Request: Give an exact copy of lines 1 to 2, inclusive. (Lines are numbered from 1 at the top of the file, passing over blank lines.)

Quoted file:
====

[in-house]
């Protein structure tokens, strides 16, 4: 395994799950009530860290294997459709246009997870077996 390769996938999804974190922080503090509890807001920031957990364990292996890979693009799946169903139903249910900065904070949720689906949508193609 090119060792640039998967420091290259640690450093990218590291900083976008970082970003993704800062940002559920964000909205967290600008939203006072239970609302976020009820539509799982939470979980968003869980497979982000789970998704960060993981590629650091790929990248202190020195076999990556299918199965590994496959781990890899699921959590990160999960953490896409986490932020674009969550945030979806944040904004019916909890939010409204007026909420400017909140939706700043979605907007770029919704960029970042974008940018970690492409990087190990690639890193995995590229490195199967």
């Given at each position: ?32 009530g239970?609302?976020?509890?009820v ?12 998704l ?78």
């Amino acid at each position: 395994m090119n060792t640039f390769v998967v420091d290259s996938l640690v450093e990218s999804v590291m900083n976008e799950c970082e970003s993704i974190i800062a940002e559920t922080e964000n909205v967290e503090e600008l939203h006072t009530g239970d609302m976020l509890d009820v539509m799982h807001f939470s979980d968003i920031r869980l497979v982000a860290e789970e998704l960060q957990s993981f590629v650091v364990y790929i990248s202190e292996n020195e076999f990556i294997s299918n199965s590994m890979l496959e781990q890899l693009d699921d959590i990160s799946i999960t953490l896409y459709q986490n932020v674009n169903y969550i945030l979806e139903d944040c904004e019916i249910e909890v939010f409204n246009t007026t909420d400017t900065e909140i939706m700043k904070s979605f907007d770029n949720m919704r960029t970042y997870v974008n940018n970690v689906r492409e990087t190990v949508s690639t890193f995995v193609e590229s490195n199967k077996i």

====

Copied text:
[in-house]
């Protein structure tokens, strides 16, 4: 395994799950009530860290294997459709246009997870077996 390769996938999804974190922080503090509890807001920031957990364990292996890979693009799946169903139903249910900065904070949720689906949508193609 090119060792640039998967420091290259640690450093990218590291900083976008970082970003993704800062940002559920964000909205967290600008939203006072239970609302976020009820539509799982939470979980968003869980497979982000789970998704960060993981590629650091790929990248202190020195076999990556299918199965590994496959781990890899699921959590990160999960953490896409986490932020674009969550945030979806944040904004019916909890939010409204007026909420400017909140939706700043979605907007770029919704960029970042974008940018970690492409990087190990690639890193995995590229490195199967």